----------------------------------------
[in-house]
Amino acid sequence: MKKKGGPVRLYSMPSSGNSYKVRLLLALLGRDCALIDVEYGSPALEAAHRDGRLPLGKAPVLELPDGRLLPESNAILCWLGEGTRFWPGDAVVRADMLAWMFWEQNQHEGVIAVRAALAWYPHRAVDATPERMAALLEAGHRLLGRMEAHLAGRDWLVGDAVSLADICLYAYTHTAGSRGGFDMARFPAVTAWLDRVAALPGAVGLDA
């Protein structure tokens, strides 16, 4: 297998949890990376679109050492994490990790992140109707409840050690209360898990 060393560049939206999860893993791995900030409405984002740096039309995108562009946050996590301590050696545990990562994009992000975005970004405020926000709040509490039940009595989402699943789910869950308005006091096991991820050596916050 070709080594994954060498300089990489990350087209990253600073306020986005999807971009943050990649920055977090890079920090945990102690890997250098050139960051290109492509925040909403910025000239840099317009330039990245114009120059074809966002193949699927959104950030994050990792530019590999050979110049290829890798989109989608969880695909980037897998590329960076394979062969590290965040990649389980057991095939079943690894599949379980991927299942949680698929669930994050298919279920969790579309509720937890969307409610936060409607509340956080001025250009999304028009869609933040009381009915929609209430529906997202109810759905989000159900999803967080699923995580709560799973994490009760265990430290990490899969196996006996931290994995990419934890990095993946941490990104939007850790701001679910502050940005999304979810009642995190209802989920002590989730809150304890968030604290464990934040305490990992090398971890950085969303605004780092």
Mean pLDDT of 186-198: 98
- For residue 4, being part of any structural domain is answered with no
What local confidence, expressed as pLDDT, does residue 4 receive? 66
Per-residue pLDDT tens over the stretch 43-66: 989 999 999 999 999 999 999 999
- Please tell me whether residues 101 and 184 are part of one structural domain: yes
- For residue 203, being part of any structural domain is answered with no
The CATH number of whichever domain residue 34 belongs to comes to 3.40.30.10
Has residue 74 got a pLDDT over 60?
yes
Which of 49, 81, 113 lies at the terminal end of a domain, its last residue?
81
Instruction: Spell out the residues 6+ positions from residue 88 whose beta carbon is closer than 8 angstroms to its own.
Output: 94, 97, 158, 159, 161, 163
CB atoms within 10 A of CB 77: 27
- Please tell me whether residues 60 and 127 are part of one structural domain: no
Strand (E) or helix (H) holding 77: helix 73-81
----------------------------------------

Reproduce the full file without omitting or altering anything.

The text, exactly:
[in-house]
Amino acid sequence: MKKKGGPVRLYSMPSSGNSYKVRLLLALLGRDCALIDVEYGSPALEAAHRDGRLPLGKAPVLELPDGRLLPESNAILCWLGEGTRFWPGDAVVRADMLAWMFWEQNQHEGVIAVRAALAWYPHRAVDATPERMAALLEAGHRLLGRMEAHLAGRDWLVGDAVSLADICLYAYTHTAGSRGGFDMARFPAVTAWLDRVAALPGAVGLDA
């Protein structure tokens, strides 16, 4: 297998949890990376679109050492994490990790992140109707409840050690209360898990 060393560049939206999860893993791995900030409405984002740096039309995108562009946050996590301590050696545990990562994009992000975005970004405020926000709040509490039940009595989402699943789910869950308005006091096991991820050596916050 070709080594994954060498300089990489990350087209990253600073306020986005999807971009943050990649920055977090890079920090945990102690890997250098050139960051290109492509925040909403910025000239840099317009330039990245114009120059074809966002193949699927959104950030994050990792530019590999050979110049290829890798989109989608969880695909980037897998590329960076394979062969590290965040990649389980057991095939079943690894599949379980991927299942949680698929669930994050298919279920969790579309509720937890969307409610936060409607509340956080001025250009999304028009869609933040009381009915929609209430529906997202109810759905989000159900999803967080699923995580709560799973994490009760265990430290990490899969196996006996931290994995990419934890990095993946941490990104939007850790701001679910502050940005999304979810009642995190209802989920002590989730809150304890968030604290464990934040305490990992090398971890950085969303605004780092």
Mean pLDDT of 186-198: 98
- For residue 4, being part of any structural domain is answered with no
What local confidence, expressed as pLDDT, does residue 4 receive? 66
Per-residue pLDDT tens over the stretch 43-66: 989 999 999 999 999 999 999 999
- Please tell me whether residues 101 and 184 are part of one structural domain: yes
- For residue 203, being part of any structural domain is answered with no
The CATH number of whichever domain residue 34 belongs to comes to 3.40.30.10
Has residue 74 got a pLDDT over 60?
yes
Which of 49, 81, 113 lies at the terminal end of a domain, its last residue?
81
Instruction: Spell out the residues 6+ positions from residue 88 whose beta carbon is closer than 8 angstroms to its own.
Output: 94, 97, 158, 159, 161, 163
CB atoms within 10 A of CB 77: 27
- Please tell me whether residues 60 and 127 are part of one structural domain: no
Strand (E) or helix (H) holding 77: helix 73-81